You Don’t Owe Anything To Your Ex After A Breakup. Or May Be You Do.

Dr. Nerdlove

Hoo boy.

OK, GMBT, this is a complicated one. And that means it’s going to be time to break out the Chair Leg of Truth to sort it out.

On the one hand, you have an absolute right to decide what kind of relationship you want (or don’t want) with your ex.

As I’ve told people before, you aren’t required to be friends with your ex or even have any contact with them whatsoever. You have the right to decide that staying in contact with an ex is entirely too painful for you and that seeing them again will be like a hammer to your gut and sandpaper to your soul. That is completely legitimate. I’ve seen far too many people who’ve kept emotional wounds open and bleeding because they were trying to be “the bigger person” and keep a relationship going even though it was killing them inside.

On the other hand… I think you’re being an asshole here. Yes, it’s based on ignorance – which I will get into in a second – but you’re absolutely being an asshole about this.

The problem is that you’re missing a critical factor in your break-up with your ex: the fact that she was in an abusive relationship. That changes the math on her relationship with her ex. See, people who leave abusive relationships rarely make a completely clean break. In fact, part of the cycle of an abusive relationship is that many times, the survivor of abuse will leave their abuser… and then end up going back to them. Often repeatedly. What tends to happen is that the abuse survivor will try to leave, only to have their abusers re-enter their life. When this happens, the abuser will frequently love-bomb them and express guilt or remorse and make grandiose promises of how things have changed and they’ll be different this time. This is known as the reconciliation/honeymoon stage, and many, many survivors will end up going back to their abusers during this stage. It’s made all the more insidious because there’s frequently a calm period, where the abuser will make any number of promises – including agreeing to go to counseling or couples therapy. But this period never lasts, and the cycle will start again.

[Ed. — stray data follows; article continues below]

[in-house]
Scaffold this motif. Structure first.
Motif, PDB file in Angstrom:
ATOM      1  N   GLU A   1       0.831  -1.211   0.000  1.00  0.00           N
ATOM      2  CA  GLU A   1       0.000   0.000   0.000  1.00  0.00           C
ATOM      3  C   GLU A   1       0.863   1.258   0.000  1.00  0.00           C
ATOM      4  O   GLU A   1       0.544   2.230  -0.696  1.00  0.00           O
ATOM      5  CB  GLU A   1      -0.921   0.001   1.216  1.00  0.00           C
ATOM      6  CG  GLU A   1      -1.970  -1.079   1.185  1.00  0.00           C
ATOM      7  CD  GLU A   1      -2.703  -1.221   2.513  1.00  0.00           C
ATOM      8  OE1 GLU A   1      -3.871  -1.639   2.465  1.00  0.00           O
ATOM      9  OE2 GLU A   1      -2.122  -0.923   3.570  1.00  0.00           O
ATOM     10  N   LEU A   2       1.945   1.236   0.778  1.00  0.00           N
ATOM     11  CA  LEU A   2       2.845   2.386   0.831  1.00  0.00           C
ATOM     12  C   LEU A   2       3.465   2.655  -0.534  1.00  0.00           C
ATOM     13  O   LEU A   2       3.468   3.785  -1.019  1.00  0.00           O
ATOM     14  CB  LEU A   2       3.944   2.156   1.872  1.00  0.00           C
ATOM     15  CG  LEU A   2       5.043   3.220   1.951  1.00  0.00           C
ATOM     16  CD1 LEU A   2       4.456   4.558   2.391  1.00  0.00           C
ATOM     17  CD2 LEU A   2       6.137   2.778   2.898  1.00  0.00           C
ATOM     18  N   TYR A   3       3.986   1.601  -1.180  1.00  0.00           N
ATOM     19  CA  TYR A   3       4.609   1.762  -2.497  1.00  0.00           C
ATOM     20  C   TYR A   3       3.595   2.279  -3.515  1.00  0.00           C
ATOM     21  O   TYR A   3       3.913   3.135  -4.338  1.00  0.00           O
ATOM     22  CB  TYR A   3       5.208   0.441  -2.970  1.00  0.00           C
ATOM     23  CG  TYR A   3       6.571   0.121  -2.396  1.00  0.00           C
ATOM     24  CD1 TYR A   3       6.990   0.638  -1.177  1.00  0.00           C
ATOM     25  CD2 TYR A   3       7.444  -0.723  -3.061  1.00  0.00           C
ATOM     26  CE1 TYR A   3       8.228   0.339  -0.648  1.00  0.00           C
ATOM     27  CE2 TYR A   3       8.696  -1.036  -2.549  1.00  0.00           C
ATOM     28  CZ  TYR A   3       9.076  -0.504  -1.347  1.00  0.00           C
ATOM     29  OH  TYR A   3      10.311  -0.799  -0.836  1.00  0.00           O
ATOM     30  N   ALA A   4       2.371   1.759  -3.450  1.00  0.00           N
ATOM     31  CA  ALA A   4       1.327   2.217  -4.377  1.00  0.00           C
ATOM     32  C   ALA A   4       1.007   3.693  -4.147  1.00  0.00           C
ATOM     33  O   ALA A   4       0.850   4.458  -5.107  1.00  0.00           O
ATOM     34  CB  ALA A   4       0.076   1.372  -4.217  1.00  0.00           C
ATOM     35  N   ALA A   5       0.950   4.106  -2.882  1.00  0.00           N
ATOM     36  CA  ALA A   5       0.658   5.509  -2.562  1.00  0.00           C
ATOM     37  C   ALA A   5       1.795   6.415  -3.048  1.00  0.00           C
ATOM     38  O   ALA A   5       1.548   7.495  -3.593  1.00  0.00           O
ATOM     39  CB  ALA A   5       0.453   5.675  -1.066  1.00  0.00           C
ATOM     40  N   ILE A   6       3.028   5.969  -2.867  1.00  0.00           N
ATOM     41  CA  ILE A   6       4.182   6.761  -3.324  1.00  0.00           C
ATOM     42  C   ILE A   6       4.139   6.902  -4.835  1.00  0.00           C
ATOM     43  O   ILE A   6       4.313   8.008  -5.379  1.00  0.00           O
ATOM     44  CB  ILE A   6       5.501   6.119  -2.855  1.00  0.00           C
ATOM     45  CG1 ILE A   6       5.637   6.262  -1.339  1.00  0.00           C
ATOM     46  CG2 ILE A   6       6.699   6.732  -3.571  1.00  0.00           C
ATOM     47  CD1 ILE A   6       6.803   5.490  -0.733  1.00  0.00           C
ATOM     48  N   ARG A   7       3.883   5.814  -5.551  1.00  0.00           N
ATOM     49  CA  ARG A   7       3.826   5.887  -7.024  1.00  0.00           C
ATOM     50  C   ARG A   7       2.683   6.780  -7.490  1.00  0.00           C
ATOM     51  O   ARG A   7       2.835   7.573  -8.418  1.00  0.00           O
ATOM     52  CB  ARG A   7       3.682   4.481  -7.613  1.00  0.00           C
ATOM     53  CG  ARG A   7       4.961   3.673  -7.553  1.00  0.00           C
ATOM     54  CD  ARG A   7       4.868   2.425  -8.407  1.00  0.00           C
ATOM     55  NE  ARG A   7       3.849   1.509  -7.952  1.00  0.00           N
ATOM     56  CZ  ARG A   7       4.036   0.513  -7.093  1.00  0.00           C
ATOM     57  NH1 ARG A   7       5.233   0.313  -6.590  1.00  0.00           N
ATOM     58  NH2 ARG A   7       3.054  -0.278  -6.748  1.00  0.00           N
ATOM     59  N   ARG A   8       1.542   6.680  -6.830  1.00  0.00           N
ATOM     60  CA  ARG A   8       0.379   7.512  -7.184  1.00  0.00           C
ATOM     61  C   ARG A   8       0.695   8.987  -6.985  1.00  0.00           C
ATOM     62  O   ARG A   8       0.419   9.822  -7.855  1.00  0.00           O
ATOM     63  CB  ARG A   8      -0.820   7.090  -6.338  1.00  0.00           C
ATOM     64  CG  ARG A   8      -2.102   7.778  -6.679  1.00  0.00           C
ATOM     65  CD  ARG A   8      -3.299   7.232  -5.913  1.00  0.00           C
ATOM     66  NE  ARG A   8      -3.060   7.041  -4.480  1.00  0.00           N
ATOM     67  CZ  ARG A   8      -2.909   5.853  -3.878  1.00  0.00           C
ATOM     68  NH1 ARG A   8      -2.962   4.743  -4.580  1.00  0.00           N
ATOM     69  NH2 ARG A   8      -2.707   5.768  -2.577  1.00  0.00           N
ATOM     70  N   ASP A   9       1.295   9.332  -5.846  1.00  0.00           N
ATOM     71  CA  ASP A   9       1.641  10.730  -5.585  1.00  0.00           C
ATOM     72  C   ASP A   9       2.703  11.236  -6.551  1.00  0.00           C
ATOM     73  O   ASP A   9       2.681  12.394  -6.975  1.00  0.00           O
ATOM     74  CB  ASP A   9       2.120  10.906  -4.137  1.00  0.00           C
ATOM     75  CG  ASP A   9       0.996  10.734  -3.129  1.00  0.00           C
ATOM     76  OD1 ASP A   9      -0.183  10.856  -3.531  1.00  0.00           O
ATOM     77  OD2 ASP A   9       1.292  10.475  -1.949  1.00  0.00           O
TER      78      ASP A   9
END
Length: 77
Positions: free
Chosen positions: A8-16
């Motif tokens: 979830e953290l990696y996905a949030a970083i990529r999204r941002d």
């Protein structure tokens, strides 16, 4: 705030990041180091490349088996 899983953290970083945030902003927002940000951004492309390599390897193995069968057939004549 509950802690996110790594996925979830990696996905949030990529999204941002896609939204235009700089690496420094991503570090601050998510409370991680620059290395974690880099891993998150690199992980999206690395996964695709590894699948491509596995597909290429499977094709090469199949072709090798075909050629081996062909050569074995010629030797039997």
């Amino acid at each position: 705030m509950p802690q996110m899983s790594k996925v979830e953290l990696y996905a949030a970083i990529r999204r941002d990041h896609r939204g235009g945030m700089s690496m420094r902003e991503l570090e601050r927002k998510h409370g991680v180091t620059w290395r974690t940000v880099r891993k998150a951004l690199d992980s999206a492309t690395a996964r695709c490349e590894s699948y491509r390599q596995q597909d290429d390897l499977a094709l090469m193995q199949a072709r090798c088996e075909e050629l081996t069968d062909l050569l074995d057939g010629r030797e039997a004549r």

The obvious question is “so why do they go back?” And the answer is “it’s complicated”.

Part of it is that abusers prey on the fact that their victims want to believe the abuse is an aberration. Most people don’t want to believe that they’re the sort of person who would accept abuse or that they could love someone who’s an abuser. They want to believe that the person that they care for – and yes, survivors do care for the people who abuse them – could be that cruel, that deceptive or that dangerous.

Another part is that abusers will cut their victims off from their friends and loved ones, leaving them isolated.

Part of why survivors go back is that they find that their support networks are gone or damaged… many times because those friends and family will tell the survivor that it’s a “fool me once, shame on me” situation and that going back means that they’re choosing to be abused. Again: this is something that abusers will frequently rely on as part of how they keep their victims under their thumb.

(And this is before we get into the fact that many survivors don’t leave because they can’t; their abusers control them financially or through threats against family members or even pets. And then there’s the fact that leaving increases the risk of someone being killed by their abuser.)

So while I understand how that it feels like you didn’t count for anything when she was back in contact with her ex, the truth is that it’s far less about you and far more about the way that abuse and abusers absolutely fuck with a survivor’s head.